We all have been through a lot since the pandemic began. Having to give up certain things and basically try to adapt to a different way of life- is tough.
Things have been rough for me since getting COVID-19 in March 2020. It left me with some physical issues that have been very uncomfortable and scary at times.
One of the scary things for me has been some breathing problems I have had to deal with. Fortunately, I have learned a great breathing exercise that has helped me in times of need.
Intro to breathing issues
Having difficulty breathing is a terrible feeling. Most people are used to not even thinking about their breathing-its just something automatic. It may come as a surprise to know just how complex of a process the act of breathing actually is.
When you are having breathing difficulties, you may feel like you are unable to take a deep breath or you can take a deep breath but it doesn’t feel like your lungs actually got any of the air you breathed in. You may also have a tight feeling in your chest and/or chest pain when you try to breathe.
It is never a good feeling no matter what.
There are various reasons as to why someone may have issues breathing and in most cases- should be checked out by a medical professional.
Breathing issues: physical
When it comes to breathing issues, there are quite a few physical ailments that can cause them. The degree of physical breathing difficulties that one can have ranges from mild to life threatening in these cases.
What people may not know is that it is not just lung conditions that can cause difficulty with breathing- it can also be caused by heart issues. The following includes some of the conditions that cause breathing difficulties:
- Infections-Pneumonia, whooping cough, bronchitis etc.
- Pulmonary embolisms
- Heart disease
- Heart failure
An extra word on COVID-19-
When it comes to COVID-19, there seems to be a high risk for individuals who test positive to end up with pneumonia. The Delta variant seems to cause this to happen even more than the other variants have.
If one is having a hard time breathing when dealing with COVID, it is important to also check your oxygen levels. This is because they may be low which indicates a trip to the hospital is in order. It is actually a good thing to do this no matter if you are short of breath or not because your oxygen levels could be low without difficulty breathing being present.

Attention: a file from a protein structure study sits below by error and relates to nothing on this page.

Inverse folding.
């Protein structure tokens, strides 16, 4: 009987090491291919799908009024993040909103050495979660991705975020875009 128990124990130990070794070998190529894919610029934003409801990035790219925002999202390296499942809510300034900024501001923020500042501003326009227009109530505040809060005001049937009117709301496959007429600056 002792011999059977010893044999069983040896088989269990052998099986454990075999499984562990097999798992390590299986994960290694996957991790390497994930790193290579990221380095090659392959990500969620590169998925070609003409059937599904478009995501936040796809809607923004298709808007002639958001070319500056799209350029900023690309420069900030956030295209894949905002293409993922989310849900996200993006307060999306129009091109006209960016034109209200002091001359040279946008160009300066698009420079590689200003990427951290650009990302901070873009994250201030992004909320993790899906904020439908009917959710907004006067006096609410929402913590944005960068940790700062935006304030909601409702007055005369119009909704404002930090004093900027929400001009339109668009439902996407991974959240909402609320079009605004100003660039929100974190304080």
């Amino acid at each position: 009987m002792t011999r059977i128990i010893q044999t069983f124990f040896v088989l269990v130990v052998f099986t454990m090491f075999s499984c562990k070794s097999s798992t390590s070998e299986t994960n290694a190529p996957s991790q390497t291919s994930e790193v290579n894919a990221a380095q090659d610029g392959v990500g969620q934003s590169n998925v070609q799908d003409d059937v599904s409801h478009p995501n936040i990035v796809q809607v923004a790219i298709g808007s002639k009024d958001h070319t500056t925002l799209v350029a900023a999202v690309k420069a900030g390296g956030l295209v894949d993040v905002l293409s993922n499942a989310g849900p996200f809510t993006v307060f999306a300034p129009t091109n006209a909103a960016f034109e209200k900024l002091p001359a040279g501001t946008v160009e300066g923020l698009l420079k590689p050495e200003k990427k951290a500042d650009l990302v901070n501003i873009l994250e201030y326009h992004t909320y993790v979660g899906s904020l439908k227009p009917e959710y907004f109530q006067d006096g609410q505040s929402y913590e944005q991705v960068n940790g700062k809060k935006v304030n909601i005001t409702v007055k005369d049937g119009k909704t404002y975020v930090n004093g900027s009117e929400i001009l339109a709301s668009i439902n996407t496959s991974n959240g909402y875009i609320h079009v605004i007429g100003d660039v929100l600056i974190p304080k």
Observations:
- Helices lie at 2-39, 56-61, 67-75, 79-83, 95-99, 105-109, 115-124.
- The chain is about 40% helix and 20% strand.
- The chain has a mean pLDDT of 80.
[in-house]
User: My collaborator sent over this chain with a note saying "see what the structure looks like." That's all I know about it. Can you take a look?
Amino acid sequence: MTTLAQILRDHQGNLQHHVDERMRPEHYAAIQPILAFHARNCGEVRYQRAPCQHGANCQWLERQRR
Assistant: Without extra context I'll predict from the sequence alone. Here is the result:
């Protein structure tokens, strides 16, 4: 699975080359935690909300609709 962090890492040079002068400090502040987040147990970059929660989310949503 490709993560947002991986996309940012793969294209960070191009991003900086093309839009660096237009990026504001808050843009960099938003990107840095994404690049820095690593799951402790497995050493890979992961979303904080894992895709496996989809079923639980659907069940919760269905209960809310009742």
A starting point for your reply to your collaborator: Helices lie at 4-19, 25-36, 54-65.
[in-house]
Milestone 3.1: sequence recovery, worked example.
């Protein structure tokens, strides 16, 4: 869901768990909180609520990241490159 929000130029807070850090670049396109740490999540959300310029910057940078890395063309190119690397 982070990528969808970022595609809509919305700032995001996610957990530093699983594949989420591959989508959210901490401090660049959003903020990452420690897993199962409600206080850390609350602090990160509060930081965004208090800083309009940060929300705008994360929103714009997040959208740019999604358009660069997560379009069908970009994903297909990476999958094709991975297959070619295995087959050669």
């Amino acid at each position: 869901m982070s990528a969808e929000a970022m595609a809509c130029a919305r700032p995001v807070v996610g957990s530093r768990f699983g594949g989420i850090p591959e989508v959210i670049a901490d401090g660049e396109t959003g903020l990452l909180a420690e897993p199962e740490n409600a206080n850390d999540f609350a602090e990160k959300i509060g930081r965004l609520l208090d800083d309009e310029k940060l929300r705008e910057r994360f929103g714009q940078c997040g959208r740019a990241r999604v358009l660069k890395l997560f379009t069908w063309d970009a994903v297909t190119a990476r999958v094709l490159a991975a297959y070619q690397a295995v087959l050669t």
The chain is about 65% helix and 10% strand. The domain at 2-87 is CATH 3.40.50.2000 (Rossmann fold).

If you test positive for COVID-19, it is important that you let loved ones know so that they can check in on you while you are at home recovering. This is so that they can possibly bring you something you may need (if they live in the same town) or call an ambulance if necessary.
Even after one “recovers” from COVID-19, they may still struggle with shortness of breath or their shortness of breath may start after “recovering.” Oxygen supplementation may then be required afterwards and/or a prescription for an inhaler may be necessary.
Please consider buying an oximeter to have around. It is extremely important when you are ill with COVID-19.
Breathing issues: mental
Difficulty breathing can be caused by mental health reasons, too. This is due to our minds being able to create physical problems.
It can all start with someone feeling a sense of worry, anxiety, panic or fear. Then, these mental symptoms will trigger the fight or flight response which is physiological in nature. When this response happens, adrenaline (a hormone) gets released.
The release of adrenaline is what causes the breathlessness some people may experience when they are dealing with the aforementioned feelings.